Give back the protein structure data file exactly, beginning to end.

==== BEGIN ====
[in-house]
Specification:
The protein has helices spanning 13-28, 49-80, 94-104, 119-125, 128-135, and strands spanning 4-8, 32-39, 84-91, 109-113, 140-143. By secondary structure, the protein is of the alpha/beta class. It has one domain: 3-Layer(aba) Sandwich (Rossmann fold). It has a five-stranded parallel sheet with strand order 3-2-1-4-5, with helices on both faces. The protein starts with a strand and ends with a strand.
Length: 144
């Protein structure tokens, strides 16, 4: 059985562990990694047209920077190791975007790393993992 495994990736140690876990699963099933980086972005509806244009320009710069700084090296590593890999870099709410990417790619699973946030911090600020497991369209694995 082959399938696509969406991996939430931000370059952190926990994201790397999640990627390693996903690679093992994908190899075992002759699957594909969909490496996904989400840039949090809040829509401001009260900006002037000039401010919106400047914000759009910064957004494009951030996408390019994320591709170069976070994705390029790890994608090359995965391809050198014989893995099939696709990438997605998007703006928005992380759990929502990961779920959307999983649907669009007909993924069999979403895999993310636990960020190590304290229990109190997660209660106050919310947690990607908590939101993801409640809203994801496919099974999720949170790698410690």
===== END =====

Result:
[in-house]
Specification:
The protein has helices spanning 13-28, 49-80, 94-104, 119-125, 128-135, and strands spanning 4-8, 32-39, 84-91, 109-113, 140-143. By secondary structure, the protein is of the alpha/beta class. It has one domain: 3-Layer(aba) Sandwich (Rossmann fold). It has a five-stranded parallel sheet with strand order 3-2-1-4-5, with helices on both faces. The protein starts with a strand and ends with a strand.
Length: 144
């Protein structure tokens, strides 16, 4: 059985562990990694047209920077190791975007790393993992 495994990736140690876990699963099933980086972005509806244009320009710069700084090296590593890999870099709410990417790619699973946030911090600020497991369209694995 082959399938696509969406991996939430931000370059952190926990994201790397999640990627390693996903690679093992994908190899075992002759699957594909969909490496996904989400840039949090809040829509401001009260900006002037000039401010919106400047914000759009910064957004494009951030996408390019994320591709170069976070994705390029790890994608090359995965391809050198014989893995099939696709990438997605998007703006928005992380759990929502990961779920959307999983649907669009007909993924069999979403895999993310636990960020190590304290229990109190997660209660106050919310947690990607908590939101993801409640809203994801496919099974999720949170790698410690």